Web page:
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First Ride: Polaris’ New All-Electric UTV Delivers Serious—but Silent—Grunt

With 110 hp and 140 ft lbs of torque, the 2023 Ranger XP Kinetic can tow as much as 2,500 pounds and has up to 80 miles of range.

The 2023 Polaris Ranger XP Kinetic. Rob Utendorfer, courtesy of Polaris.

If you own a hobby farm, ranch or huge tract of hunting land somewhere, you need an off-road utility vehicle. Whether it’s hauling hay to the horses, checking fences or getting to your favorite fishing hole, these compact, go-anywhere four-wheel drive vehicles are a must-have tool for any property owner. And if you want a UTV that will let you tread lightly on your land, take a look at the battery-powered Polaris Ranger XP Kinetic.

The Polaris Ranger XP Kinetic is more than the current Ranger XP with a battery and electric motor replacing the gas engine and fuel tank. It has been reengineered specifically for electrification. “We didn’t just want to hop on the electric bandwagon,” says Chris Hurd, director of product planning for Polaris, “We wanted to produce the best Ranger we’ve ever built.”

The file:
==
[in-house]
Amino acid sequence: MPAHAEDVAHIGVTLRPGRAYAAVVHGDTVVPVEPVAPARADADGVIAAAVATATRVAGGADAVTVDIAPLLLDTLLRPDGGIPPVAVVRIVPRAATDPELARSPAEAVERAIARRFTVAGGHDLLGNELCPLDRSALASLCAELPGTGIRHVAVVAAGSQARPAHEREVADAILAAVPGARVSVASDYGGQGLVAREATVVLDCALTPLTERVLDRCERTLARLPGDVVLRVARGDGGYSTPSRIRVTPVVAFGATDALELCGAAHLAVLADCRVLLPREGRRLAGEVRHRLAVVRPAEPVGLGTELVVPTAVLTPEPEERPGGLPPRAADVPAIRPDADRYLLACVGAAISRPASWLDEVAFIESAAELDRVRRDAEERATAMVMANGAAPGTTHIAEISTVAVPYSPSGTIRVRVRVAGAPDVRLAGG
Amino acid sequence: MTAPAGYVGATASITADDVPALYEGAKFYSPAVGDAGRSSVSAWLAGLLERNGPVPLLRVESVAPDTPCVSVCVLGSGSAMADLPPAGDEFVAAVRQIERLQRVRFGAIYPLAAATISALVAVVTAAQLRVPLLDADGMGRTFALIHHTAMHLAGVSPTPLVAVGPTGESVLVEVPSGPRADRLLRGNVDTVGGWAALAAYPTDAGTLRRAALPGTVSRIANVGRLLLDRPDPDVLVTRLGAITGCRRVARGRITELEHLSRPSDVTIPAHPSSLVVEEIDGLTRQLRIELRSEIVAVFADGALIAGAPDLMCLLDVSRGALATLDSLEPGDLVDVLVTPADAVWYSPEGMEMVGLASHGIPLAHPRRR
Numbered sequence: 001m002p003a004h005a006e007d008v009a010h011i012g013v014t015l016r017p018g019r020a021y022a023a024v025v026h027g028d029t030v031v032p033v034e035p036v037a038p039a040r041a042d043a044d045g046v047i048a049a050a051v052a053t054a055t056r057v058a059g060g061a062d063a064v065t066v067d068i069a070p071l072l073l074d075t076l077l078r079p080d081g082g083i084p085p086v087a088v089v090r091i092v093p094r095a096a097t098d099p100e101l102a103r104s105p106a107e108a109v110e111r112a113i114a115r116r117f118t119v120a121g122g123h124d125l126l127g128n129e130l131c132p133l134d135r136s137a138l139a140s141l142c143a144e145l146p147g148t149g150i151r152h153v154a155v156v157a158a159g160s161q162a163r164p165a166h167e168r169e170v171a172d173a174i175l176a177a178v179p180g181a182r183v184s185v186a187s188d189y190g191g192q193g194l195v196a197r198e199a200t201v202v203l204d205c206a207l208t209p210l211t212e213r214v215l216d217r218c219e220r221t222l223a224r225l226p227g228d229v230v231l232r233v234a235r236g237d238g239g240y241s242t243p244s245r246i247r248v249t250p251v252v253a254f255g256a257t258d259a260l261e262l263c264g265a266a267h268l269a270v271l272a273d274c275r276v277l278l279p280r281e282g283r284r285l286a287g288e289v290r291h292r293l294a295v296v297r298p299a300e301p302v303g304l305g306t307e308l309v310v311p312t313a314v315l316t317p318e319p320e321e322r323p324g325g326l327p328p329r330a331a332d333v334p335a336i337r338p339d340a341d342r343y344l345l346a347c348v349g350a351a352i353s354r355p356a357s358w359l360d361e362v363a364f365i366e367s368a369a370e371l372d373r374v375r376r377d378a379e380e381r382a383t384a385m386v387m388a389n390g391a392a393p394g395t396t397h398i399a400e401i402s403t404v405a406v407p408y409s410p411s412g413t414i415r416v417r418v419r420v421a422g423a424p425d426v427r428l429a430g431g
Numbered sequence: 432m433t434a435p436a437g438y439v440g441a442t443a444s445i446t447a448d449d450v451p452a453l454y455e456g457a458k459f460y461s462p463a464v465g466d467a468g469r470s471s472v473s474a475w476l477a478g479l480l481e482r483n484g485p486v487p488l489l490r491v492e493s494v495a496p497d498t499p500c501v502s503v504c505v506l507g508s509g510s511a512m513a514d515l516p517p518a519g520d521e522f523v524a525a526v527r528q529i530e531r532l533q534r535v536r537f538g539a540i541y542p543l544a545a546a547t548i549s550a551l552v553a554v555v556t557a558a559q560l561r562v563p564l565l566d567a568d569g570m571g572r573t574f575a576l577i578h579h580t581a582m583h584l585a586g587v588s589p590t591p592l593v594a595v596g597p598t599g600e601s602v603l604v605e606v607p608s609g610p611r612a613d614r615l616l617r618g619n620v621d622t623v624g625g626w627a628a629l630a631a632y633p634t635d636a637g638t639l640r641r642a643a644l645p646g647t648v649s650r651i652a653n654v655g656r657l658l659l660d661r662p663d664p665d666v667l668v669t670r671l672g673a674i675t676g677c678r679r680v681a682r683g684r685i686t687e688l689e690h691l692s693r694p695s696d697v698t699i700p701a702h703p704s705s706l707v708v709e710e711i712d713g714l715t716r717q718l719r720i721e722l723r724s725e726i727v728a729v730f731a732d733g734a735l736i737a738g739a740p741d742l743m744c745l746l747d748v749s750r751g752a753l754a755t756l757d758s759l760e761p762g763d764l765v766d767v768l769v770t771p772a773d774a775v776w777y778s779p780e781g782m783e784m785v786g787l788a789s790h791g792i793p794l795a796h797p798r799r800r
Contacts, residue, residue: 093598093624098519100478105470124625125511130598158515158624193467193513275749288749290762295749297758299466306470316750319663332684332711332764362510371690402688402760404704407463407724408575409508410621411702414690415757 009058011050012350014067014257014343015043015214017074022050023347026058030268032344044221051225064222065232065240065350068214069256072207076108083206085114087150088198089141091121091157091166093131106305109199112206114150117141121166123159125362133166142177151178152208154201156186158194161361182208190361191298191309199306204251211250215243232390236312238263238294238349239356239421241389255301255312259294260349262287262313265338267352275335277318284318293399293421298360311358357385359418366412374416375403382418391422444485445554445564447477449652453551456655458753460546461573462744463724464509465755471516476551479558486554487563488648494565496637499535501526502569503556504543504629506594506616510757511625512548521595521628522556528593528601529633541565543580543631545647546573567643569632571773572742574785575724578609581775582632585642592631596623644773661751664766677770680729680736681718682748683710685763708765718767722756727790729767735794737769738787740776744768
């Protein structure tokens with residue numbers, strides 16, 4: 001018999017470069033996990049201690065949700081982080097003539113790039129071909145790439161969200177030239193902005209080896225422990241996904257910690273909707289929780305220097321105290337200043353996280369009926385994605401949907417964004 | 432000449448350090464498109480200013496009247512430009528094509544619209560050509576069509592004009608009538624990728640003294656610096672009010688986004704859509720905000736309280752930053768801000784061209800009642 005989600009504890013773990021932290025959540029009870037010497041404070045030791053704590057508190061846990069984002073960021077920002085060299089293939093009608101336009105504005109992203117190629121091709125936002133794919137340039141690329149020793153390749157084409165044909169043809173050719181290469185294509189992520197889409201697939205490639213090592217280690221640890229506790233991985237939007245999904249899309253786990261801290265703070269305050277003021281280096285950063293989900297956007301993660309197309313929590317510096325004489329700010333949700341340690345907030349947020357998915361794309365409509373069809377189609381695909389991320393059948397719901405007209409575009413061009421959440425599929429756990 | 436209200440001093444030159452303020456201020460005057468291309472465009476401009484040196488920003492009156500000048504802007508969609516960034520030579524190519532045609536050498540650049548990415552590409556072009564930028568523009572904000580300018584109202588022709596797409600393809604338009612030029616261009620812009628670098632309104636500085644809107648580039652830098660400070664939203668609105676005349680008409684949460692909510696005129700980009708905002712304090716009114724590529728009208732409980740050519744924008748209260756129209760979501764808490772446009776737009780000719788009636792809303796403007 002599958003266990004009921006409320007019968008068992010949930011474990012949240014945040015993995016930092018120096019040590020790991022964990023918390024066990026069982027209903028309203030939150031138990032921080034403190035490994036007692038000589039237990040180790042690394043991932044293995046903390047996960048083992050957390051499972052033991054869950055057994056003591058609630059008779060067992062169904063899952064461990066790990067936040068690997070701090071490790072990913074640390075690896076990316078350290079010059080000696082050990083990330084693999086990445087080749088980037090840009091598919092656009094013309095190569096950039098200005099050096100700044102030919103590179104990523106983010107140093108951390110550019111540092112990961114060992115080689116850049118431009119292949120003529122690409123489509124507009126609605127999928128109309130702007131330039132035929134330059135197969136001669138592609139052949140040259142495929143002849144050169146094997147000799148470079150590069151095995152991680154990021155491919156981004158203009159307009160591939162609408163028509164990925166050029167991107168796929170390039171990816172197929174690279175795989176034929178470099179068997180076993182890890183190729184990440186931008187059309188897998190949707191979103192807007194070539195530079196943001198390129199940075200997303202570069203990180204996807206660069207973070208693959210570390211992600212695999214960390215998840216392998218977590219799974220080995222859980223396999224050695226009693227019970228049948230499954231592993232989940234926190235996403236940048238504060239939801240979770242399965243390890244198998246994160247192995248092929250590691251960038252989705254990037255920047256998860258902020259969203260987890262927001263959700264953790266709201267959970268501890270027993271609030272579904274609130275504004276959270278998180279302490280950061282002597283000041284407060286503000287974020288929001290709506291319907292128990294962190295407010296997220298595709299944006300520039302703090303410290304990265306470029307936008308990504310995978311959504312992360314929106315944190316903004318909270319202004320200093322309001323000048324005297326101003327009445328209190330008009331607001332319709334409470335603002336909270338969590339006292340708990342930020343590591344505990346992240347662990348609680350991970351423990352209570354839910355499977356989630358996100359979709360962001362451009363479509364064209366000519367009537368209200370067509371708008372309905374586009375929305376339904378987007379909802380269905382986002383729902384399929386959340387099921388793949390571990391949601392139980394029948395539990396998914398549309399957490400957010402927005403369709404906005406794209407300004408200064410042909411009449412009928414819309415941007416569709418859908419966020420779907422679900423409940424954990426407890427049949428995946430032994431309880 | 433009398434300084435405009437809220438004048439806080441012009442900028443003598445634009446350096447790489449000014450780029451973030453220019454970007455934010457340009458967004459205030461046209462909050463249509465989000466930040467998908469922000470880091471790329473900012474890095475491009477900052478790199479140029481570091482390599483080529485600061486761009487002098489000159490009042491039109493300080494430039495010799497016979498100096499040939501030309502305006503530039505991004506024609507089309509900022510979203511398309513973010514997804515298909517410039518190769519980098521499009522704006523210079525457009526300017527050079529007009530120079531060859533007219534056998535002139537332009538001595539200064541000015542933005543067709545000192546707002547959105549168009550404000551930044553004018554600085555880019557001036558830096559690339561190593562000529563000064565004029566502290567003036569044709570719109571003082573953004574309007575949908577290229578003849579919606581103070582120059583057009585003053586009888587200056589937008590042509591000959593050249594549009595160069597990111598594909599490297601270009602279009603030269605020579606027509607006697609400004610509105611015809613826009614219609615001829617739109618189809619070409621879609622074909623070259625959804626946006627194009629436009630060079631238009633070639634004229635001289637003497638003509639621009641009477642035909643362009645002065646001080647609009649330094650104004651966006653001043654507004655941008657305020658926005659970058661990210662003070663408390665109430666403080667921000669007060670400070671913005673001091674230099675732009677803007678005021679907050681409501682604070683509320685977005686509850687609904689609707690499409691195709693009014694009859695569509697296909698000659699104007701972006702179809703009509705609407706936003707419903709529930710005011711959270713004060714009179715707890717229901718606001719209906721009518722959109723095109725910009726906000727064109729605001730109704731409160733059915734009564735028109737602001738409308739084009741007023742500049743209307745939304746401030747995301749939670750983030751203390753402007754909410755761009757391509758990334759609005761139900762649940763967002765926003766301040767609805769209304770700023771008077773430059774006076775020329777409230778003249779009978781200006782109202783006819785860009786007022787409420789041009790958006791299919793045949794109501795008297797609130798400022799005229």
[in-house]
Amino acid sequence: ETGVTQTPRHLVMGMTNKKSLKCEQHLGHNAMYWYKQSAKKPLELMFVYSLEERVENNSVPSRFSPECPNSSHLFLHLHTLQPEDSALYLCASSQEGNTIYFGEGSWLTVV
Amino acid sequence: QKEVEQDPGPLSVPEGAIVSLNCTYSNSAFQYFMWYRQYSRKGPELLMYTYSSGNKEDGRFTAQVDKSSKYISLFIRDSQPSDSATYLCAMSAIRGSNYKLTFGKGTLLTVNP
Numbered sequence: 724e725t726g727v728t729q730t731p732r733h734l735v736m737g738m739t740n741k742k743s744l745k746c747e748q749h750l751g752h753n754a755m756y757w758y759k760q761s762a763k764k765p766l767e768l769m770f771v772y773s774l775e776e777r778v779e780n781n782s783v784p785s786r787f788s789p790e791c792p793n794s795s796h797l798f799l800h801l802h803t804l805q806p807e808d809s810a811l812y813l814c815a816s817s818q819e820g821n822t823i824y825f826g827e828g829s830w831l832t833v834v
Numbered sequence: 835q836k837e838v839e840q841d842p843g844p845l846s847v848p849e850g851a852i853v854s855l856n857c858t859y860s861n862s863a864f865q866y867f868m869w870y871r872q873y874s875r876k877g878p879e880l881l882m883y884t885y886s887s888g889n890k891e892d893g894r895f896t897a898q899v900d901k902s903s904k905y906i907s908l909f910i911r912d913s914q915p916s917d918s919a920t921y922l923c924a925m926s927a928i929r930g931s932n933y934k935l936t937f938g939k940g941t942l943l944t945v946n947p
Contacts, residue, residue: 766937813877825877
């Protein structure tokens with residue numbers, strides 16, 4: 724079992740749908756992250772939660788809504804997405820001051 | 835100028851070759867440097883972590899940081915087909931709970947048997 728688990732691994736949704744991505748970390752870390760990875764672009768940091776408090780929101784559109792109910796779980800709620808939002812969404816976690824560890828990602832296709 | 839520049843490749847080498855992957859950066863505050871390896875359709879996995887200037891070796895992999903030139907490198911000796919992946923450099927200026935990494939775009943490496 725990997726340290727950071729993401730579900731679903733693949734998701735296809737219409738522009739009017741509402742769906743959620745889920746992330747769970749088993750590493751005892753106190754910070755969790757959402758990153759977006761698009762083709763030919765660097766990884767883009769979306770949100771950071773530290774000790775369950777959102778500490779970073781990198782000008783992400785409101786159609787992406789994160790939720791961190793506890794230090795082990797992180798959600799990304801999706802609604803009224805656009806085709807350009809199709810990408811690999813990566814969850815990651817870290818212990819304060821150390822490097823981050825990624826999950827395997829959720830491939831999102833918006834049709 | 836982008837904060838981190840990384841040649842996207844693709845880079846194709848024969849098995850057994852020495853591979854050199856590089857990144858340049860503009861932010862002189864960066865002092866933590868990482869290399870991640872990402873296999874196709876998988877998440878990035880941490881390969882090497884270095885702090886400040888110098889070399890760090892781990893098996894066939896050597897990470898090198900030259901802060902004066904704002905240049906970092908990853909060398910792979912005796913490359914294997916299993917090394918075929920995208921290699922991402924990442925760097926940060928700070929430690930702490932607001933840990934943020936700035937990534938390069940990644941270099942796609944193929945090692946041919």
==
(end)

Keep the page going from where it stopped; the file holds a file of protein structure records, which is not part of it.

The 2023 Polaris Ranger XP Kinetic.

The 2023 Polaris Ranger XP Kinetic.  Rob Utendorfer, courtesy of Polaris.

The first thing you’ll notice when looking at the Ranger XP Kinetic is the lack of a grill. Because there’s no need for a radiator, designers restyled the front end to be a little cleaner and a lot more contemporary. There’s still a big bash plate up front, and the XP Kinetic comes with a winch as standard equipment. One of the other nice features on the front is accenting LED illumination that runs between the headlights and doubles as a state-of-charge indicator. When the UTV is plugged in, the light bar progressively fills as it charges.

The back features a tilting cargo box, measuring 3 feet x 4.5 feet and with a depth of 12.5 inches, that can hold up to 1,250 pounds of mulch, gravel or gear. The fully independent double A-arm suspension is a retuned version of that found on the gas-powered Ranger XP, with adjustments made to handle the extra 355 pounds and lower center of gravity resulting from the electric power-train configuration.

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The Ranger XP Kinetic features two trim levels, Premium and Ultimate, the key difference being a larger battery in the latter (14.9 kWh versus 29.8 kWh). Regardless of which you choose, the permanent magnet AC electric motor delivers 110 hp and 140 ft lbs of torque, which Polaris claims is twice the grunt of any gas-powered utility on the market. That output allows for a towing capacity of up to 2,500 pounds with the two-inch hitch receiver.

The 2023 Polaris Ranger XP Kinetic.

The tilting cargo box, measuring 3 feet x 4.5 feet and with a depth of 12.5 inches, can hold up to 1,250 pounds.  Rob Utendorfer, courtesy of Polaris.